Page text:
• Chronic health problem or serious illness: 4%
  • Learning disability: 3%

Source: American College Health Association. American College Health Association-National College Health Assessment II: Reference Group Executive Summary Spring 2015.

1.

Reconsider your perspective

“My biggest struggle with self-advocacy was not receiving the necessary support from my school or work, but rather my own misplaced embarrassment over a learning disability. Getting over oneself is the first step in finding the assistance you need.” —First-year student in a certificate program, Durham College, Ontario

“I’m worried about being judged”

“What helped me was admitting that I had a problem that I could not conquer myself. Almost flunking out completely helped me realize this and get help.” —Second-year student, University of Maryland, Baltimore County

“I have ADHD and never wanted to be one of those students who gets extra time and help…So I’ve never gotten help that I probably need. I haven’t overcome it and it’s probably negatively affecting me.” —Third-year student, University of Maryland, Baltimore County

“Don’t worry about what anyone thinks. Everyone has something they work on, whether it be mental health, physical fitness, or learning disabilities. Nobody is the same.” —Second-year student, Rowan University, New Jersey

“When you need something from an administrator, remember that you are paying a lot of money for school services. Be sure to advocate for yourself and let that fact drive your willingness to reach out for what you need. Just be sure not to portray yourself as overly entitled or rude.” —Graduate student, Rochester Institute of Technology, New York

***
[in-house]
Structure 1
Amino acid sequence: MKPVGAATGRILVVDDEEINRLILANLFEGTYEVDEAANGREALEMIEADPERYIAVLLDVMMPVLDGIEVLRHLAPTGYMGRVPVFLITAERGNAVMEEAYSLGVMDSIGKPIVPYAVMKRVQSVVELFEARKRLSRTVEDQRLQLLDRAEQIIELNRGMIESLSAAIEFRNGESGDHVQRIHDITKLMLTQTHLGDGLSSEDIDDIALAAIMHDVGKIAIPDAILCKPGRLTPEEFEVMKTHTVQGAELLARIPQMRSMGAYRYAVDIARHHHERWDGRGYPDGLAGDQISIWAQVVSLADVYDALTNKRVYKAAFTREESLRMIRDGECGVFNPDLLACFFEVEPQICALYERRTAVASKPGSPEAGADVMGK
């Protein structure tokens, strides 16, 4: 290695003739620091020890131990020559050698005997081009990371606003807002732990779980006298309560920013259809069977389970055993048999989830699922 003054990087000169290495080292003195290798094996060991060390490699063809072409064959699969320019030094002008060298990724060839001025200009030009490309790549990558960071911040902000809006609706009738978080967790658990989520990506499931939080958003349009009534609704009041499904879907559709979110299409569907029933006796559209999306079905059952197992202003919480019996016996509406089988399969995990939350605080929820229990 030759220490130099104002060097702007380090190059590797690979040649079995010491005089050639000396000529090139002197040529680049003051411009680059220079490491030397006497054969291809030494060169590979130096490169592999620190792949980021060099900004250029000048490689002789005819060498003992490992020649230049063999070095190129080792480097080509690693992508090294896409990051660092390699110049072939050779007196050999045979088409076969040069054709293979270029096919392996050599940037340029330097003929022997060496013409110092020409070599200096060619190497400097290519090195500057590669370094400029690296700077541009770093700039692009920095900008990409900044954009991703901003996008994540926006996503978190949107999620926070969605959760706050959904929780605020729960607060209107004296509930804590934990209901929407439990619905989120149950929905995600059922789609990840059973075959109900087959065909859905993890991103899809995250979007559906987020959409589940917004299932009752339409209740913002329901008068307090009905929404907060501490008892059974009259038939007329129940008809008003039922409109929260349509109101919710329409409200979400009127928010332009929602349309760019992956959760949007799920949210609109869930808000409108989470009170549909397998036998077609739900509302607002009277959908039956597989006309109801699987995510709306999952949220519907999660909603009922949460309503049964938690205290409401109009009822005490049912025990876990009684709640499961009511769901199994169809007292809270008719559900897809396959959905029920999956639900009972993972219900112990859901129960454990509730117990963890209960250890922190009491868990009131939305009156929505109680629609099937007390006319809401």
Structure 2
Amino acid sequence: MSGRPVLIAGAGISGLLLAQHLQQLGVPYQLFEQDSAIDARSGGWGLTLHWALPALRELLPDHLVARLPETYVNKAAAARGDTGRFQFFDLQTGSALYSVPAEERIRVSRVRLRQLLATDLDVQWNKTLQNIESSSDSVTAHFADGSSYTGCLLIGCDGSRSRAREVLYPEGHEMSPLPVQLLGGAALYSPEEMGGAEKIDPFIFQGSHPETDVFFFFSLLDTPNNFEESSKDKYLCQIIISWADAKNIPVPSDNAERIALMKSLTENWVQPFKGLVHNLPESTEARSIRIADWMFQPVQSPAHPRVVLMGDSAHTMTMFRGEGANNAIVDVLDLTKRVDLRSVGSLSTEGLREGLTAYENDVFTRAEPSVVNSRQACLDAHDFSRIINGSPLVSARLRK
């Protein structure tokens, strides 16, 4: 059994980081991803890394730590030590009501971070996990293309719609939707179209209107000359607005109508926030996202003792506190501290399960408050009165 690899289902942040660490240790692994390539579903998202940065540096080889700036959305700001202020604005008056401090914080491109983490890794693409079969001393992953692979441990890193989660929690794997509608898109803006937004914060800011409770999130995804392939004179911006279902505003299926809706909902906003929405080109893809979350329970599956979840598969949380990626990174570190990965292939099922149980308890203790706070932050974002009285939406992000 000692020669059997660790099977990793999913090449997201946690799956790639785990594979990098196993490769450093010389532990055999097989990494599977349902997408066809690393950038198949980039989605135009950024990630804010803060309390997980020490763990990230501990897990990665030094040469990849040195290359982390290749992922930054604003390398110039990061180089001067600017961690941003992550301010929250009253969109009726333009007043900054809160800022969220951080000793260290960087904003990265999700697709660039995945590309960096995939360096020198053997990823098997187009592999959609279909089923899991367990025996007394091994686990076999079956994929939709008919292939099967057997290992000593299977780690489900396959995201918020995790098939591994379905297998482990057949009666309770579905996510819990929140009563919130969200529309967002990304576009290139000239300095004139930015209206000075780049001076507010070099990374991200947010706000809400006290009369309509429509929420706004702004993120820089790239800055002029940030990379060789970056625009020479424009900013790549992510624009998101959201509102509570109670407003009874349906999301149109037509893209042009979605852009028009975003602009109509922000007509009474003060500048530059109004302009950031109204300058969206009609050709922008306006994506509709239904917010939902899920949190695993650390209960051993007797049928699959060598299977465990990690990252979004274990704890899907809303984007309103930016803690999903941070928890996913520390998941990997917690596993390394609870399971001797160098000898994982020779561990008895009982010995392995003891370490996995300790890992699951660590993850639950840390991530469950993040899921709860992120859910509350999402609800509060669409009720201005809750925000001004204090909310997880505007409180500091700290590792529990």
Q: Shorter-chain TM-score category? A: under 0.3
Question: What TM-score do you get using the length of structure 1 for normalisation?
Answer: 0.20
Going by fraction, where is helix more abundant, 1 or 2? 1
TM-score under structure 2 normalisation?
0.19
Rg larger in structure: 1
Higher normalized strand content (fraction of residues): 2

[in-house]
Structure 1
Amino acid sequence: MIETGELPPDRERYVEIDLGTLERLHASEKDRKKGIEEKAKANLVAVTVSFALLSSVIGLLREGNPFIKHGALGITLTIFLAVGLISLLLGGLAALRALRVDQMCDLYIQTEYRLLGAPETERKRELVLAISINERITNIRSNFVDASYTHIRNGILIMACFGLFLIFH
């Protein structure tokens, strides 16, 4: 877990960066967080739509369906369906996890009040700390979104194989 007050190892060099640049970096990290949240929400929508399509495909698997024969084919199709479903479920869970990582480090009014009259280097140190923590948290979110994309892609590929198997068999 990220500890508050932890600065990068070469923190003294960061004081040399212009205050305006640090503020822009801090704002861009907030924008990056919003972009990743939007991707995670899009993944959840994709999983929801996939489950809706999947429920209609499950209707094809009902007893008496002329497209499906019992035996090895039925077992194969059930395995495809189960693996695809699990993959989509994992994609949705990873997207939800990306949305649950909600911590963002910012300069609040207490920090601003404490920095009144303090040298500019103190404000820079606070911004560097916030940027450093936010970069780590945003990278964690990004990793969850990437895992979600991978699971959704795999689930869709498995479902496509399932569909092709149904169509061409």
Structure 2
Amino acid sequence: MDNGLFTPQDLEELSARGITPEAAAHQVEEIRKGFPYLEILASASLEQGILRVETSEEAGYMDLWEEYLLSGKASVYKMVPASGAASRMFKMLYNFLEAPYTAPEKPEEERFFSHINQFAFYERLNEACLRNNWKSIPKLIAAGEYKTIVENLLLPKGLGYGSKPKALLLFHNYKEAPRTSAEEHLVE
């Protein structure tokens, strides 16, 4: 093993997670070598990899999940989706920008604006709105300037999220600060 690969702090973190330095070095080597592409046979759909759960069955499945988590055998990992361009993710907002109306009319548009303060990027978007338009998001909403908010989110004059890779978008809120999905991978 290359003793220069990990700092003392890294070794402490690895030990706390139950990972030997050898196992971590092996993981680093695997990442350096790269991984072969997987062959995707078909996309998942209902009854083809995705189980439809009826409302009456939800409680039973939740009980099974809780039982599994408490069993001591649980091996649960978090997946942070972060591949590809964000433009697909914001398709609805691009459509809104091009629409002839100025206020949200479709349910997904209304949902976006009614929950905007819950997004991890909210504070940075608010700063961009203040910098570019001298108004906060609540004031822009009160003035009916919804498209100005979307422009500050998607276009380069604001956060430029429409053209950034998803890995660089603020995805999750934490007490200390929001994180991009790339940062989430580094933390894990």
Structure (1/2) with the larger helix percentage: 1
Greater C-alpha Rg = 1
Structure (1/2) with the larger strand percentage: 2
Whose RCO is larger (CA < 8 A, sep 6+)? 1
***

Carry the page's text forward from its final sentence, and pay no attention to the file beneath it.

2.

Get your paperwork in order

“Professional opinion: Have documentation, [a neuropsychological report], and doctors’ notes, etc., that state exactly what you need and how this will help you. Obtain an outside evaluation if necessary.” —Graduate student, Hofstra University, New York

“My cat moved in” and other paperwork tips and victories

“Making proper accommodations requires faculty to plan ahead, so it is important to communicate early and make sure you are on the same page.” —Dr. Rick Hanson, psychologist and associate vice president for Academic and Professional Success, MidAmerica Nazarene University, Kansas

“An IEP [Individualized Education Program] does not transfer from high school to college. Students must go to Disability Services [or their equivalent office] to file paperwork.” —Amy Baldwin, director of University College, University of Central Arkansas